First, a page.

>>> 2nd-bounce ones.
>>>
>> In fact there is NO window "glass", there is just empty space ;)
> 
> Hum again... okay, so there is no spoon...
> 
> If the scene is just radiosity-lit, and materials are defined deliberately to be
> identical, then the only thing I can think of that could cause a significant
> bias to any particular color (like, for example, black) is POV-Ray giving up on
> some rays due to max trace level, ADC bailout or similar (i.e. recursion depth
> in case of radiosity) - in which cases POV will invariably use pitch black as
> substitute.
>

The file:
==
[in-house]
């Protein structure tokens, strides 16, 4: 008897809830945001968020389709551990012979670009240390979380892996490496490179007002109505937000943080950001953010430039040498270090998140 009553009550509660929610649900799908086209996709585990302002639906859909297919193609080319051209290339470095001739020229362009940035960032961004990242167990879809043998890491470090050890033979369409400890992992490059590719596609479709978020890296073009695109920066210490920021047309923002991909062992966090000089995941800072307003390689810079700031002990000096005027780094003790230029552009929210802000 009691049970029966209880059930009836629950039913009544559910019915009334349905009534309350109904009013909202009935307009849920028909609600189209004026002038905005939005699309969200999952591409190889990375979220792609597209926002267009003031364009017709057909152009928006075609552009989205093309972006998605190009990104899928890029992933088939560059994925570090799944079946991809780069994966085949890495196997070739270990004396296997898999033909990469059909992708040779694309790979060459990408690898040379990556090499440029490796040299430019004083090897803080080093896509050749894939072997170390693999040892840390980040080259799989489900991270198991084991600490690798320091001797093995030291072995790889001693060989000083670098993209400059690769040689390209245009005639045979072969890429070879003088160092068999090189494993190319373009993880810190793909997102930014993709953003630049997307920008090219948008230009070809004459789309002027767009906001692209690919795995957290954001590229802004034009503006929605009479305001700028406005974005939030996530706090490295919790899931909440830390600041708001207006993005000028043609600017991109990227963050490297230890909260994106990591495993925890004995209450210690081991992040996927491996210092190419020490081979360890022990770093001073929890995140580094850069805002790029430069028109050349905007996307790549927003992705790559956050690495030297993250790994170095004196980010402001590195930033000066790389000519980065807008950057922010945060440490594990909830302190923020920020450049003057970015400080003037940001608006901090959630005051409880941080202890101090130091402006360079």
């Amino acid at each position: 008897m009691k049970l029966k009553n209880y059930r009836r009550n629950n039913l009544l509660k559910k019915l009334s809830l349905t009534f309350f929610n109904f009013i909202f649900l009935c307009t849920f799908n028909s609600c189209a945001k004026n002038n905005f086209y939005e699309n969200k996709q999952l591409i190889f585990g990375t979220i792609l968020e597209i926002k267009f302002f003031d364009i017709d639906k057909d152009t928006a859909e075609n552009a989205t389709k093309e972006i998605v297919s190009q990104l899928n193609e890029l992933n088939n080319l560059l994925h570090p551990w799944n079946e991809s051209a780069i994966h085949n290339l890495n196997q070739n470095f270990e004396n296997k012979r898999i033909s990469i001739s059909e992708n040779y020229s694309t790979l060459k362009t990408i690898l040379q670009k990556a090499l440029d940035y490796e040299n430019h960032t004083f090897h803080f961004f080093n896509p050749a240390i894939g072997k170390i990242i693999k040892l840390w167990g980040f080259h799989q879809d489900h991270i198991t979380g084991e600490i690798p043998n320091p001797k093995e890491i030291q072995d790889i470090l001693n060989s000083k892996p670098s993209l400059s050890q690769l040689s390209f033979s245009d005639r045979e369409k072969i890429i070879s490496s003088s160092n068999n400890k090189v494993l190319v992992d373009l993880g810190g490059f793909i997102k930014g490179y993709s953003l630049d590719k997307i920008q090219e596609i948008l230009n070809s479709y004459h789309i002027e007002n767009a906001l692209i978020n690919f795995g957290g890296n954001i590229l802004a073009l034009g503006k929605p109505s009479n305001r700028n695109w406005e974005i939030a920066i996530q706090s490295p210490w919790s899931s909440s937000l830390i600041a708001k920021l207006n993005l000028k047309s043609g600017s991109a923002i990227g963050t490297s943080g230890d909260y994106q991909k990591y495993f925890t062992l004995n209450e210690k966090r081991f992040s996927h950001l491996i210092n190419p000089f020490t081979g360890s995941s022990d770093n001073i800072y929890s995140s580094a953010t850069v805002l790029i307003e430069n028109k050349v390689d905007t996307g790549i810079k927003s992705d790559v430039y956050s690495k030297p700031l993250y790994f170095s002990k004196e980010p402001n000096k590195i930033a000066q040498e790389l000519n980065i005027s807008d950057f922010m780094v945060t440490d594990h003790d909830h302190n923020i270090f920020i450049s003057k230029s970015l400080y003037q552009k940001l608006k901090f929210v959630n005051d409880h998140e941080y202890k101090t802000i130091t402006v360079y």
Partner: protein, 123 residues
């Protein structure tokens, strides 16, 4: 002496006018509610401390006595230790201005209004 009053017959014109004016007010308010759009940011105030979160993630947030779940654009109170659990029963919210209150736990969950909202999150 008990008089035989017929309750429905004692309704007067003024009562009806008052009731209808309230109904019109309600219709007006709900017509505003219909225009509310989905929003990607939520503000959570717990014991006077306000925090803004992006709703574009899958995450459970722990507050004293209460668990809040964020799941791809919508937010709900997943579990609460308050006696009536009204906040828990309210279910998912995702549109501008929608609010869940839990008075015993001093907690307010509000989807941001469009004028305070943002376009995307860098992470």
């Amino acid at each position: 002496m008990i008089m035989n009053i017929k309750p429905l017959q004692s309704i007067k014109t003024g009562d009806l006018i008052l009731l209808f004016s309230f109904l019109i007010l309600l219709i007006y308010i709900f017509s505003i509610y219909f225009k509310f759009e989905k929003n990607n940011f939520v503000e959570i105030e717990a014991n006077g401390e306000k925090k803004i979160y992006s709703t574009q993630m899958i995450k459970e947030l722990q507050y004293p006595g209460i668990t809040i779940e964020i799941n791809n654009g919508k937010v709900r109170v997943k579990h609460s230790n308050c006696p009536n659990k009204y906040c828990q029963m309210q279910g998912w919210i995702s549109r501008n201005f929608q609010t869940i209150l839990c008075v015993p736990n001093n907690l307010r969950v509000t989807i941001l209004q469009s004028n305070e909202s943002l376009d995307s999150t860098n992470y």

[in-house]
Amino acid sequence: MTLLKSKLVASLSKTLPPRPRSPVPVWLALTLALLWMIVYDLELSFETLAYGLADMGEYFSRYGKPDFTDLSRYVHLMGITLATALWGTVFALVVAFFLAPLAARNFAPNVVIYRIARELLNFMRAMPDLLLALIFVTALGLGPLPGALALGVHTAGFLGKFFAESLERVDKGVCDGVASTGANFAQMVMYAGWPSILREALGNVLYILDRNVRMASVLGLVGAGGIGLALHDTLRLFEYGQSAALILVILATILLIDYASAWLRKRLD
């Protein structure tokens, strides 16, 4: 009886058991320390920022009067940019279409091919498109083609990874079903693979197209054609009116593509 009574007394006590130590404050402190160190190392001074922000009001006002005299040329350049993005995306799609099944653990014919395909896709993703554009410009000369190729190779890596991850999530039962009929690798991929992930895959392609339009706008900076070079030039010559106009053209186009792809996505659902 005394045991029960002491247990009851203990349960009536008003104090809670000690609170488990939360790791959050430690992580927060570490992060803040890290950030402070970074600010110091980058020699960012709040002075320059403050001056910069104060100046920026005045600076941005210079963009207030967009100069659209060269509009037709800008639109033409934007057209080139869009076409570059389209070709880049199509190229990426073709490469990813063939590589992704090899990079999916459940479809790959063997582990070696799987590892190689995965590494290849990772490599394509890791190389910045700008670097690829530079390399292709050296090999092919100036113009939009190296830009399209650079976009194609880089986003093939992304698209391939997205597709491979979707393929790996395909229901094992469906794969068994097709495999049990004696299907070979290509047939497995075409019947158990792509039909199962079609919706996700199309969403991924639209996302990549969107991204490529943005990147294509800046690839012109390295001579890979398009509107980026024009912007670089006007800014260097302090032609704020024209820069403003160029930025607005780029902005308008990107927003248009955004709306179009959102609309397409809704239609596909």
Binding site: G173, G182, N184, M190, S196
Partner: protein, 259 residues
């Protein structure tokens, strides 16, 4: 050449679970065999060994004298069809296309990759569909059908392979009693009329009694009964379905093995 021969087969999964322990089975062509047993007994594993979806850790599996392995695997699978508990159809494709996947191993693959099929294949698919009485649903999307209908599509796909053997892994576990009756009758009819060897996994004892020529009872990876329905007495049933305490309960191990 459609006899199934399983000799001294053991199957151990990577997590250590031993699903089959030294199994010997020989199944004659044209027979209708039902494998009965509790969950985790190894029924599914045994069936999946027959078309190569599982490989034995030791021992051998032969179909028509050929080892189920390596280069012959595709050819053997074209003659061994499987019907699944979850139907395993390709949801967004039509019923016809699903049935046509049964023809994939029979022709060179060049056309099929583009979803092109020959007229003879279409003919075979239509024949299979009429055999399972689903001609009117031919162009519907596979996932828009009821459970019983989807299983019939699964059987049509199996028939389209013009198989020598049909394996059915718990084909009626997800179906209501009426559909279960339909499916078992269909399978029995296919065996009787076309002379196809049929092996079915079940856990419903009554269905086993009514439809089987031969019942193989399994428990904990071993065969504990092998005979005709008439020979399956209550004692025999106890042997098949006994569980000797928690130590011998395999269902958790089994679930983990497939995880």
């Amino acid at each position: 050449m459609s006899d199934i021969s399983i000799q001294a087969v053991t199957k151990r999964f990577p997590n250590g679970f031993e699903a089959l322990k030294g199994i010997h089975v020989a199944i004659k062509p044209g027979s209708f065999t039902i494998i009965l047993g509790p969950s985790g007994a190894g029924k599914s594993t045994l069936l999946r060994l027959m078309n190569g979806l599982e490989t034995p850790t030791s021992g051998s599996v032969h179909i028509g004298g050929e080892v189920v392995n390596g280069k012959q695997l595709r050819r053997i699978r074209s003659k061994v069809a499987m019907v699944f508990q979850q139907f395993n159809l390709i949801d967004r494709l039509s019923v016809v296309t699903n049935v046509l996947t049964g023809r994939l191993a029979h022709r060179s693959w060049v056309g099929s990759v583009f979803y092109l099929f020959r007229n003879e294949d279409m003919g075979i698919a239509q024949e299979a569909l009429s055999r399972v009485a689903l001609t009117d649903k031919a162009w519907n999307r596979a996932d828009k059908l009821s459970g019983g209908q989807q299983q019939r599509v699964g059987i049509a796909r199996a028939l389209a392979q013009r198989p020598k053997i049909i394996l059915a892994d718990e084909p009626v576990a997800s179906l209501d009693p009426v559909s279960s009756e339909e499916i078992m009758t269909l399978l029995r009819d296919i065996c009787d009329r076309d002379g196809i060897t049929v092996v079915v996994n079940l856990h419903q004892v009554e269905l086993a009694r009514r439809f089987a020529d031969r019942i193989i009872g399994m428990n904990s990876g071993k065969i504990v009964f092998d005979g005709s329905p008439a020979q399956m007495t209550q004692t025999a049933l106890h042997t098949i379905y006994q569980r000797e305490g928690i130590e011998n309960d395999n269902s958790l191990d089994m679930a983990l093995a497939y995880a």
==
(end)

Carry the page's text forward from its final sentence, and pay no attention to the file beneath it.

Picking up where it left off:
> So the way a version of POV "counts" recursion depth might make a difference
> regarding how much black is mixed in.
> 
> Does a significant portion of surfaces in your shot have reflective components?
>

All woods have a small amount of blurred reflection to get highlights. 
In the original 2002 version also the floor tiles where slightly 
reflective but I have disabled the floor reflection for this test 
render. The original version also used more complicated layered textures 
   for the walls, and this new renders do use simplified texture there.
The layered textures caused some strange artifacts in the 2002 render 
and where the main reason I gave up at this time.


> 
>>> - The 3.7 shot indeed looks weird - but this weirdness look distinctively
>>> familiar: "Ambient" immediately comes to mind.
>> Nope. All materials do use ambient 0 in the finish statement and no
>> default include files are used where something else might be specified.